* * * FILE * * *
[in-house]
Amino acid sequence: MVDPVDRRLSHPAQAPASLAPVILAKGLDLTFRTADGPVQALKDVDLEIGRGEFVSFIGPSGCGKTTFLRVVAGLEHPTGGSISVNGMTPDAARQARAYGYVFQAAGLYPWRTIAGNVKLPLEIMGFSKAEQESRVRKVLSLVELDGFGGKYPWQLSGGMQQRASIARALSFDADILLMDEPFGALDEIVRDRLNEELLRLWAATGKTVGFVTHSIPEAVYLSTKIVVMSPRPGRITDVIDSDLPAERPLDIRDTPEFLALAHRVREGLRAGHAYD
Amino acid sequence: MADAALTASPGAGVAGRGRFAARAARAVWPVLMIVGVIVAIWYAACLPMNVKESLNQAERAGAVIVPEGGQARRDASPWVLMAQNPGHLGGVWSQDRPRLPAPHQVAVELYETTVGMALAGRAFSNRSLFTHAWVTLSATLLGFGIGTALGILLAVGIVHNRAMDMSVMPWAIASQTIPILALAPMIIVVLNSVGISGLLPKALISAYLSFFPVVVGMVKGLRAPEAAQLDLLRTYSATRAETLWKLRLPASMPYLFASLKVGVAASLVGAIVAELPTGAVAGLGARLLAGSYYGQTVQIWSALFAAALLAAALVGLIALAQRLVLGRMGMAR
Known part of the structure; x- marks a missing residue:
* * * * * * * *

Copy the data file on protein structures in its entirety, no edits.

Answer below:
[in-house]
Amino acid sequence: MVDPVDRRLSHPAQAPASLAPVILAKGLDLTFRTADGPVQALKDVDLEIGRGEFVSFIGPSGCGKTTFLRVVAGLEHPTGGSISVNGMTPDAARQARAYGYVFQAAGLYPWRTIAGNVKLPLEIMGFSKAEQESRVRKVLSLVELDGFGGKYPWQLSGGMQQRASIARALSFDADILLMDEPFGALDEIVRDRLNEELLRLWAATGKTVGFVTHSIPEAVYLSTKIVVMSPRPGRITDVIDSDLPAERPLDIRDTPEFLALAHRVREGLRAGHAYD
Amino acid sequence: MADAALTASPGAGVAGRGRFAARAARAVWPVLMIVGVIVAIWYAACLPMNVKESLNQAERAGAVIVPEGGQARRDASPWVLMAQNPGHLGGVWSQDRPRLPAPHQVAVELYETTVGMALAGRAFSNRSLFTHAWVTLSATLLGFGIGTALGILLAVGIVHNRAMDMSVMPWAIASQTIPILALAPMIIVVLNSVGISGLLPKALISAYLSFFPVVVGMVKGLRAPEAAQLDLLRTYSATRAETLWKLRLPASMPYLFASLKVGVAASLVGAIVAELPTGAVAGLGARLLAGSYYGQTVQIWSALFAAALLAAALVGLIALAQRLVLGRMGMAR
Known part of the structure; x- marks a missing residue: